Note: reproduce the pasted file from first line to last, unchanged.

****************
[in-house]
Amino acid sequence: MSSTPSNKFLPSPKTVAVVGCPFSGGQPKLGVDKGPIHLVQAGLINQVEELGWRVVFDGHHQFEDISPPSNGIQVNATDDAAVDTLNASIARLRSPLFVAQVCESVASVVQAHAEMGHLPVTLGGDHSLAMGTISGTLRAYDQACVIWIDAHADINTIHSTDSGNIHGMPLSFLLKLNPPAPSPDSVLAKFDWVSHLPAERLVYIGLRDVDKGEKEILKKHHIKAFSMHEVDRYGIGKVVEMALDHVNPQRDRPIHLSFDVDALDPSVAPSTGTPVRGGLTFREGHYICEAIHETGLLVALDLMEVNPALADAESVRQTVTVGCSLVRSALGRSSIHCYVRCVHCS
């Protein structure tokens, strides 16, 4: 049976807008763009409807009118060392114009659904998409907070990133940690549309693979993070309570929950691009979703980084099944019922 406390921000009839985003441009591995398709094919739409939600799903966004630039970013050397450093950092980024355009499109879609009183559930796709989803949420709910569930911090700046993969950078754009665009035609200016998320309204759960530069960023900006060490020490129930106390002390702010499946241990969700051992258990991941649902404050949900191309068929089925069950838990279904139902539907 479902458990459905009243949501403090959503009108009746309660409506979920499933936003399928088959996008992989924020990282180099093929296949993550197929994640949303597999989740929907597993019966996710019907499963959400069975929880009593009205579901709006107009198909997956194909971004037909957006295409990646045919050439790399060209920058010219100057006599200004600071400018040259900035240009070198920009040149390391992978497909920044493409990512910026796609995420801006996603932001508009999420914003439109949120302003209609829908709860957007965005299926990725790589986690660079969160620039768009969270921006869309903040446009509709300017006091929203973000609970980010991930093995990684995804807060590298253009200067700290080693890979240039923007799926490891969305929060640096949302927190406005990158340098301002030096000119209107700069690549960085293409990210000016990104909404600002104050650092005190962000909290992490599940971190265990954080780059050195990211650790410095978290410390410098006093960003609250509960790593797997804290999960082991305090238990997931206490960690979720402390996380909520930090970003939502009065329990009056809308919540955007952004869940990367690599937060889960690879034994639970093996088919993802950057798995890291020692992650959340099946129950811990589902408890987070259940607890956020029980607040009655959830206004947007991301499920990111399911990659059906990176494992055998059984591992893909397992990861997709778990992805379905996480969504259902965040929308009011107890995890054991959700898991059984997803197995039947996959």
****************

[in-house]
Amino acid sequence: MSSTPSNKFLPSPKTVAVVGCPFSGGQPKLGVDKGPIHLVQAGLINQVEELGWRVVFDGHHQFEDISPPSNGIQVNATDDAAVDTLNASIARLRSPLFVAQVCESVASVVQAHAEMGHLPVTLGGDHSLAMGTISGTLRAYDQACVIWIDAHADINTIHSTDSGNIHGMPLSFLLKLNPPAPSPDSVLAKFDWVSHLPAERLVYIGLRDVDKGEKEILKKHHIKAFSMHEVDRYGIGKVVEMALDHVNPQRDRPIHLSFDVDALDPSVAPSTGTPVRGGLTFREGHYICEAIHETGLLVALDLMEVNPALADAESVRQTVTVGCSLVRSALGRSSIHCYVRCVHCS
């Protein structure tokens, strides 16, 4: 049976807008763009409807009118060392114009659904998409907070990133940690549309693979993070309570929950691009979703980084099944019922 406390921000009839985003441009591995398709094919739409939600799903966004630039970013050397450093950092980024355009499109879609009183559930796709989803949420709910569930911090700046993969950078754009665009035609200016998320309204759960530069960023900006060490020490129930106390002390702010499946241990969700051992258990991941649902404050949900191309068929089925069950838990279904139902539907 479902458990459905009243949501403090959503009108009746309660409506979920499933936003399928088959996008992989924020990282180099093929296949993550197929994640949303597999989740929907597993019966996710019907499963959400069975929880009593009205579901709006107009198909997956194909971004037909957006295409990646045919050439790399060209920058010219100057006599200004600071400018040259900035240009070198920009040149390391992978497909920044493409990512910026796609995420801006996603932001508009999420914003439109949120302003209609829908709860957007965005299926990725790589986690660079969160620039768009969270921006869309903040446009509709300017006091929203973000609970980010991930093995990684995804807060590298253009200067700290080693890979240039923007799926490891969305929060640096949302927190406005990158340098301002030096000119209107700069690549960085293409990210000016990104909404600002104050650092005190962000909290992490599940971190265990954080780059050195990211650790410095978290410390410098006093960003609250509960790593797997804290999960082991305090238990997931206490960690979720402390996380909520930090970003939502009065329990009056809308919540955007952004869940990367690599937060889960690879034994639970093996088919993802950057798995890291020692992650959340099946129950811990589902408890987070259940607890956020029980607040009655959830206004947007991301499920990111399911990659059906990176494992055998059984591992893909397992990861997709778990992805379905996480969504259902965040929308009011107890995890054991959700898991059984997803197995039947996959």